Looking at the history of video collaboration there are a few identifiable transition points. The introduction of audio and video delivery over IP networks created opportunities for widespread affordable deployments and the video conferencing market began to expand. The scale of deployments, however, was in general neither large nor pervasive. In 2006/2007 new offerings (like the CTS 3000 from Cisco’s TelePresence team) introduced highly reliable, full HD (1080p), full motion (30fps) experiences with a level of simplicity making it operable by any user irrespective of technical knowledge. As Full HD became available across the breadth of video conferencing platforms, the whole market rapidly doubled over the following two to three years. This created another market pillar in collaboration.
Push the clock forward 6 or so years to today…
The distinction between video conferencing, unified communications and web conferencing is now very blurred:
The user community has matured. They are no longer satisfied with connecting over audio, video or content. They want to achieve the startup experience of small, tightly connected teams across a geographically dispersed workforce. This means leveraging all of the above features where and when needed, in a simple and intuitive way.
IM, presence, audio, video and content collaboration are becoming Read More »
In today’s business world IT professionals have to manage multiple collaboration applications in order to support an increasingly mobile workforce, flexible desktop solutions as well as collaboration and video rooms within their organizations. The collaboration environment is multi-endpoint and multi-vendor and reaches beyond enterprise boundaries -- both B2B and B2C.
Compounding this IT challenge is the maturity of the collaboration market. To date, companies have typically made significant investments and want to protect these investments as they move forward. In particular, companies want to protect the quality of experience as they move to integrate across department, company and consumer boundaries, and as they look to expand their deployments. This challenge grows more acute as the market rapidly evolves towards innovations such as H.265 and WebRTC.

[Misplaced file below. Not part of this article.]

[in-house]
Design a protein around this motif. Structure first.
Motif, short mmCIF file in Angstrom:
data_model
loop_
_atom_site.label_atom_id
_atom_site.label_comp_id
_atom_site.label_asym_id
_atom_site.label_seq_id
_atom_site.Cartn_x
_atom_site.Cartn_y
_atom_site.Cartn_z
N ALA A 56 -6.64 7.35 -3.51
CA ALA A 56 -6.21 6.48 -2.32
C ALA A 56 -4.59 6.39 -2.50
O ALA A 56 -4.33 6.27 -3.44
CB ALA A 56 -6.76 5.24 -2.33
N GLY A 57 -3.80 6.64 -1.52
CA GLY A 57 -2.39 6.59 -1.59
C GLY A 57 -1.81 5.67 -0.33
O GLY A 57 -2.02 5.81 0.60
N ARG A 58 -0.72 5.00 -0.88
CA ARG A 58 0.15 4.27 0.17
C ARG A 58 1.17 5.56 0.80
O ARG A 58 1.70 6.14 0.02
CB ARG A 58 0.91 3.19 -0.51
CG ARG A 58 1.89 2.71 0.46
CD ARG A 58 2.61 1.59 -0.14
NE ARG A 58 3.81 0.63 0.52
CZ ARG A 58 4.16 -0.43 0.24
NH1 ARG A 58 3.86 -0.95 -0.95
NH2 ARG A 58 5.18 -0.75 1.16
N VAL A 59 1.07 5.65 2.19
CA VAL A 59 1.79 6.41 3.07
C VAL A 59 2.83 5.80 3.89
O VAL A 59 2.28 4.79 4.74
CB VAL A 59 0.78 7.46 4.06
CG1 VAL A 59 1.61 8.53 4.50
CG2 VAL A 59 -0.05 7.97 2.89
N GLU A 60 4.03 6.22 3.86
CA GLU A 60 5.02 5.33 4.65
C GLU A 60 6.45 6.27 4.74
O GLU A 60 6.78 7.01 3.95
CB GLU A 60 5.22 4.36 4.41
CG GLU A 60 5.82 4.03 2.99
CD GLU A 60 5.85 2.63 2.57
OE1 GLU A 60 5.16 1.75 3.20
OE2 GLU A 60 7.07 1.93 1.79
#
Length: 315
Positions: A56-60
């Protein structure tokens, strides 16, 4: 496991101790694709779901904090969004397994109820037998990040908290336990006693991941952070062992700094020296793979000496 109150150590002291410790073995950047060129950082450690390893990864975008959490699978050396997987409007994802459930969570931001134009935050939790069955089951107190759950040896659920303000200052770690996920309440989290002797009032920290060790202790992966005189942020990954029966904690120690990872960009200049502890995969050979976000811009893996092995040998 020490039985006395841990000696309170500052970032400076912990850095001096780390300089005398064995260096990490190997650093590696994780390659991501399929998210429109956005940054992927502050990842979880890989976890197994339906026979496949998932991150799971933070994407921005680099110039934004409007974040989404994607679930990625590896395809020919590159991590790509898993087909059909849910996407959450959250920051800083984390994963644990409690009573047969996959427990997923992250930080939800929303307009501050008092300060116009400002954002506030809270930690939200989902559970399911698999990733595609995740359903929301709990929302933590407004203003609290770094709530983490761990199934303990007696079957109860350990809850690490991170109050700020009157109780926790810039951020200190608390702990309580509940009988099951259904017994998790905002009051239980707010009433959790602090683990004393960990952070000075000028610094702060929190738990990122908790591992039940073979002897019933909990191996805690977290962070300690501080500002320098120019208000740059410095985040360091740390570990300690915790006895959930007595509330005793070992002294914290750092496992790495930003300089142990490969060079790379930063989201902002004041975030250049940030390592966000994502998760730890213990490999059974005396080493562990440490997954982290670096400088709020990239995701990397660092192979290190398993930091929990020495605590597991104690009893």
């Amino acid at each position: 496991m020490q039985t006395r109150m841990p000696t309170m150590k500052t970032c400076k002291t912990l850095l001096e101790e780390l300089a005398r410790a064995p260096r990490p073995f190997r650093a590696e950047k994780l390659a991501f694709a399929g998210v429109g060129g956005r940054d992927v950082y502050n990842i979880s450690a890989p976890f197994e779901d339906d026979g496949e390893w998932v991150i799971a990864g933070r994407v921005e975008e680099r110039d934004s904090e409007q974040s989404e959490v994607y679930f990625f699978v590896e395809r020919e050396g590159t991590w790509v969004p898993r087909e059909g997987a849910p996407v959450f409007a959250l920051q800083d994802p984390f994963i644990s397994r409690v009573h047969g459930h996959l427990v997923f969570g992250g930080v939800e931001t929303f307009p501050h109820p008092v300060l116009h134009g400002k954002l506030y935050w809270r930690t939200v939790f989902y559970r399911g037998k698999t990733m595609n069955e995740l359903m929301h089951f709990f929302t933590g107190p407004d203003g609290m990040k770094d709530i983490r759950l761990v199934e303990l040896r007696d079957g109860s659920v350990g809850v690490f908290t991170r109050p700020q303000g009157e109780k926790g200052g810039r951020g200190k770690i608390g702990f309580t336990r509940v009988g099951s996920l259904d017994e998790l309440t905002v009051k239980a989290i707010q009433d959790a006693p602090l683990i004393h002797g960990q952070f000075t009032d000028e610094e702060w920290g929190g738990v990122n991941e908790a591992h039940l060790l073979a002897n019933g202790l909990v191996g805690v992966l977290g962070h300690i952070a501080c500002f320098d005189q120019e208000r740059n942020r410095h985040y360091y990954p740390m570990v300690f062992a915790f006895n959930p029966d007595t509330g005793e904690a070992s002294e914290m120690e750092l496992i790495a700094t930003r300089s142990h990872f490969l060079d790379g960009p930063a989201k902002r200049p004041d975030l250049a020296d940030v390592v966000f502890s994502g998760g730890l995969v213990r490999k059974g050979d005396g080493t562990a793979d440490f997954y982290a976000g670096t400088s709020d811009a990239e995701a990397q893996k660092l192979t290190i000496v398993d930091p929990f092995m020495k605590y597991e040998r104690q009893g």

Companies are looking for true interoperability with a seamless user experience that:
- Allows them to benefit from new innovations
- Interoperates with existing and future investments
- And, works across company boundaries and functions in a diverse environment
While I was participating in a web conference from my home office, I started thinking about how much and how fast things have changed in the last decade around communications and how we use collaboration tools in the office, at home and on the road and most importantly the number of devices available to me so I CAN collaborate over distance.
One thing that stays constant in this industry is change, especially when it comes to devices. Let’s take a walk down memory lane and see if you can remember any of these once “have to have” mobile devices. The Nokia 9000, The Motorola “Flip phone” and The “Razor”, Palm Pilot, dare I say the Blackberry and of course at the start of 2007 the IPhone came on to the market — and we all know how that is playing out — this being a rarity. More recently, Samsung is challenging Apple with the Galaxy and DROID OS is becoming more prevalent than IOS. Last I checked, there was an estimated 1.3 million Read More »
Los Angeles is an extraordinary city with extraordinary people. And this week, it was even more extraordinary to be in my hometown of LA where we hosted this year’s Cisco Collaboration Summit. LA is where we built the world’s biggest airplane, the world’s biggest freeway system, and epic movies with the world’s biggest stars. And of course, the Happiest Place on Earth.
This is a town of big dreamers with big ideas, making it a perfect place to bring together customers, partners, analysts, and consultants to talk about big ideas in collaboration.
And now is the time for big ideas. We all know companies can only do so much with cost cutting. It’s important, but in our global economy, the only true way to differentiate and compete is through innovation.
Video everywhere is the way of the future, but end-users also want a great video experience. That combination requires very efficient use of bandwidth to be practical. My colleague, Jacob Nordan, explained in a recent post how that can happen if you choose the right technology partner. H.265, a new codec standard, also plays a key role.
Next year, H.265, will be ratified by ITU-T. As a firm believer in standards-based video, Cisco is investing in H.265 development across our portfolio. We see H.265 as the primary enabler for deploying high-quality video ubiquitously by reducing bandwidth consumption up to 50% compared to existing technologies. As we look out over the next few years, video communications with great experience will become a requirement, not a nice-to-have, for all users. H.265 along with an intelligent network will be the key to making it happen.
To see how we are enabling a high-quality experience at half the network cost, check out my H.265 demo from the Cisco Collaboration Summit.